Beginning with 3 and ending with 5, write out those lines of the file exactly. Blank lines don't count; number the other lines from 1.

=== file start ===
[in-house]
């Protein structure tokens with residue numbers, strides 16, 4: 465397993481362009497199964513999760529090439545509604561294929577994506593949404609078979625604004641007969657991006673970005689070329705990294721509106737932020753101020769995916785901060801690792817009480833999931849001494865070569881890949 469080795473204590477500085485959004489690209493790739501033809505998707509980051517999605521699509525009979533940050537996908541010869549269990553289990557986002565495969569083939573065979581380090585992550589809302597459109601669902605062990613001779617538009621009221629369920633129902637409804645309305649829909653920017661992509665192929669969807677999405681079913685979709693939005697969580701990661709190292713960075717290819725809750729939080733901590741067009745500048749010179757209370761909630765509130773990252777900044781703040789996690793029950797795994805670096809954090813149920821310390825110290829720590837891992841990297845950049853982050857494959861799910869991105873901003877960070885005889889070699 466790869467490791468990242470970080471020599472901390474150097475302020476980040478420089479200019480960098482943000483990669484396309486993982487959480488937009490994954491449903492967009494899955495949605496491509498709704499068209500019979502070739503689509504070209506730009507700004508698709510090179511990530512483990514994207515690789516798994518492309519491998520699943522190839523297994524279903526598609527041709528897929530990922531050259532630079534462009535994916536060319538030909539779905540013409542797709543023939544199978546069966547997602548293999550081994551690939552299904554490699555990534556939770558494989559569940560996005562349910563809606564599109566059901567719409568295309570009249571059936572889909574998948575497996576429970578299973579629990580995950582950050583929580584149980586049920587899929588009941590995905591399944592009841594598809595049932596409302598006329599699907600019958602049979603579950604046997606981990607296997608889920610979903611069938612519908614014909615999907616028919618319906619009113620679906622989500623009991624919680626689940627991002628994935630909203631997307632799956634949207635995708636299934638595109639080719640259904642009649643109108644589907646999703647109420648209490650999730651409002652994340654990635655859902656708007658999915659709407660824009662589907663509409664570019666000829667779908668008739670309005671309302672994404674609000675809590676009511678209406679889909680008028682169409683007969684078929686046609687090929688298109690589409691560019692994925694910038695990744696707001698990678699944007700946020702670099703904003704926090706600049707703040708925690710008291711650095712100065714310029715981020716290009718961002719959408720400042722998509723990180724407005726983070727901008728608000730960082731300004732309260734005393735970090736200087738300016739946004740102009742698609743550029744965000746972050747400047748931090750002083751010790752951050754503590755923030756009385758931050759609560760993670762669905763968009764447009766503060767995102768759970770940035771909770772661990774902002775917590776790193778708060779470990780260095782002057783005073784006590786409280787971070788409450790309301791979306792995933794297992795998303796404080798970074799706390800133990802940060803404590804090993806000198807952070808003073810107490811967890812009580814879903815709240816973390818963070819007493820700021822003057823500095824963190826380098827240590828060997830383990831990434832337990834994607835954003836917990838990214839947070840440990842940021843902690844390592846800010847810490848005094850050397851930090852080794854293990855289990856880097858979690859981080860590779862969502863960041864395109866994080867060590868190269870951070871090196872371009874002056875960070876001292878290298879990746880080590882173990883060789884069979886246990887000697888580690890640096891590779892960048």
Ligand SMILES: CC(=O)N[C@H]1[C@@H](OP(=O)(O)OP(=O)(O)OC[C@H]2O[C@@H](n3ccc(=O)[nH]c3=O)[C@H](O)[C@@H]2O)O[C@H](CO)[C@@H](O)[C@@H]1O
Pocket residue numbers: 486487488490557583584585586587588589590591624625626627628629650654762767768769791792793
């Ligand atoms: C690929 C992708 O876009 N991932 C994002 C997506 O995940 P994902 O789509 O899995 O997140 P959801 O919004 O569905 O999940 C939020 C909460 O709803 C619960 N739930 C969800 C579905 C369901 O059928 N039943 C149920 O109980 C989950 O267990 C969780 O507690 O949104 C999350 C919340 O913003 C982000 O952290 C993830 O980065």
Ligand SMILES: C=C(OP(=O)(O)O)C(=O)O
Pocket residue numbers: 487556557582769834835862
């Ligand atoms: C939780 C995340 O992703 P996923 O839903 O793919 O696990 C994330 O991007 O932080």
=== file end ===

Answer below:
Ligand SMILES: CC(=O)N[C@H]1[C@@H](OP(=O)(O)OP(=O)(O)OC[C@H]2O[C@@H](n3ccc(=O)[nH]c3=O)[C@H](O)[C@@H]2O)O[C@H](CO)[C@@H](O)[C@@H]1O
Pocket residue numbers: 486487488490557583584585586587588589590591624625626627628629650654762767768769791792793
């Ligand atoms: C690929 C992708 O876009 N991932 C994002 C997506 O995940 P994902 O789509 O899995 O997140 P959801 O919004 O569905 O999940 C939020 C909460 O709803 C619960 N739930 C969800 C579905 C369901 O059928 N039943 C149920 O109980 C989950 O267990 C969780 O507690 O949104 C999350 C919340 O913003 C982000 O952290 C993830 O980065």